I looked after my first grandchild when his mum went back to school (a very young teenage mum). The baby was my younger son's. Although they were both young and inexperienced, they loved their child and made wonderful parents. They are still together twenty years and two more children later. I remember her being upset that she was worried that her son would think I was his Mum. I assured her that as she was the one that tucked him up at night and sang songs and cuddled him to sleep and was also the first face he saw on a morning, not to worry as quality, not quantity was important in spending time with him.

Sylviann60 Sat 22-Oct-16 11:22:38

I'm think your DIL been listening to other mothers complaining about MIL interfering with there children it seems it's ok for mothers to get involved but not MIL now she's cleared the air by expressing her concerns I'm sure everything will be ok

Yorkshiregel Sat 22-Oct-16 12:07:57

My DIL came round to my house one day with my GS who was a few months old. She was crying and saying she could not cope. I sat her down and made her a cup of tea, and let her talk about how she felt she was not doing a great job of looking after her son. He had colic from reflux and so was always feeling uncomfortable and so he cried. The crying was really getting to DIL and she looked so tired. I told her she was doing a wonderful job of looking after him and that all mothers find it hard going at first, even more so if the child is ill. I told her I would look after him every weekend for one day and I have been doing that now for 16 years. She was glad of the rest and the time to herself and he has grown up a much loved GS who is good mannered, happy and very caring. I cannot fault her at all.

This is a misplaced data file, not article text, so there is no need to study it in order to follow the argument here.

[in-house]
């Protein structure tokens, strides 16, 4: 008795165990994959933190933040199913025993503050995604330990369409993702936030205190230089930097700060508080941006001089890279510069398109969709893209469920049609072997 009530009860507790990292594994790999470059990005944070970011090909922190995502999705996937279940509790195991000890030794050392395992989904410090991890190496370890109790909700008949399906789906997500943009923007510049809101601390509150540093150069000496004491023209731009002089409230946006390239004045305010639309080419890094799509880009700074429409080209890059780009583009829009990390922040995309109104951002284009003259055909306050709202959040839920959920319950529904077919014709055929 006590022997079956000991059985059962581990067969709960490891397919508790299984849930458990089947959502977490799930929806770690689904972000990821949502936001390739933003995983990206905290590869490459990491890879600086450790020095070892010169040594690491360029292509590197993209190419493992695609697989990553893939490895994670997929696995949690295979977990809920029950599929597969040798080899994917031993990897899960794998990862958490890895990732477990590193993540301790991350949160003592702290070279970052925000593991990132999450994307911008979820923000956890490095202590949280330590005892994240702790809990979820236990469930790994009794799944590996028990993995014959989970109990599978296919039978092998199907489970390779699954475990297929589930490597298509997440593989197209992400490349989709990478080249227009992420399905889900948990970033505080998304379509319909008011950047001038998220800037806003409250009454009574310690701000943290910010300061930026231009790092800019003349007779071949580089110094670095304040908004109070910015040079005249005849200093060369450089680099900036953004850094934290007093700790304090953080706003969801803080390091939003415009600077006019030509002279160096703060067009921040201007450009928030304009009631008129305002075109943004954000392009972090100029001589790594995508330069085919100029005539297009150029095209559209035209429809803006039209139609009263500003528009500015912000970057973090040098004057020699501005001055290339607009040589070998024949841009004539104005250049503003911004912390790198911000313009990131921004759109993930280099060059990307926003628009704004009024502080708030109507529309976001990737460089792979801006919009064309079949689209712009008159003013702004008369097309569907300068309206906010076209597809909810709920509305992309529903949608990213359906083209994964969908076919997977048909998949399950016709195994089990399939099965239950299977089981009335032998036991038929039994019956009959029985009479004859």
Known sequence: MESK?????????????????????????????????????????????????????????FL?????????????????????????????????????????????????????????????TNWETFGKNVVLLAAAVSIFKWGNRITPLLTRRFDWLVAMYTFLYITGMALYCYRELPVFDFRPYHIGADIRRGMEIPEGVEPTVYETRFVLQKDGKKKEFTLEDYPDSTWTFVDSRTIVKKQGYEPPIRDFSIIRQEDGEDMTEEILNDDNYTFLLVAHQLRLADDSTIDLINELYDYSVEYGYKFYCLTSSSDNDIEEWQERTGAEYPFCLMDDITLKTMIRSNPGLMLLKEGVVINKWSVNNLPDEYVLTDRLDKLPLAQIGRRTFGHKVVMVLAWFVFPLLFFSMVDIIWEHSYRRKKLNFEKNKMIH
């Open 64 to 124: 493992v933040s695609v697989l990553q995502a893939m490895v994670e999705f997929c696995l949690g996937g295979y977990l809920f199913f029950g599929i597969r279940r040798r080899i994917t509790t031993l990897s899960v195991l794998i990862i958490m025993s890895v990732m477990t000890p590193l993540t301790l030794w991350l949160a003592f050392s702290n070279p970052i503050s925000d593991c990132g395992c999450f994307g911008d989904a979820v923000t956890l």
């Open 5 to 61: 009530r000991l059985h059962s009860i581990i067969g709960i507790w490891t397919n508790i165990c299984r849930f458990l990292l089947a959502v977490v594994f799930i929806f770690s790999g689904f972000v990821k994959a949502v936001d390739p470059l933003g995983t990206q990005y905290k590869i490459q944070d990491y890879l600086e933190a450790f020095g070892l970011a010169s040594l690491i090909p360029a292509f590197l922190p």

Sometimes a little bit of help can go a long way. All she needed was reassurance and a bit more sleep and it worked wonders.

Teddy123 Sat 22-Oct-16 13:23:34

You sound like the best MIL in the world. Great that she can express how she feels. We all know it's "their hormones" ..... Can be quite tricky to deal with ..... But within a few months once their darling babies are sleeping through the night, everything seems to settle and everyone relaxes.

As I said, you sound so fabulous and understanding .... So good luck with it all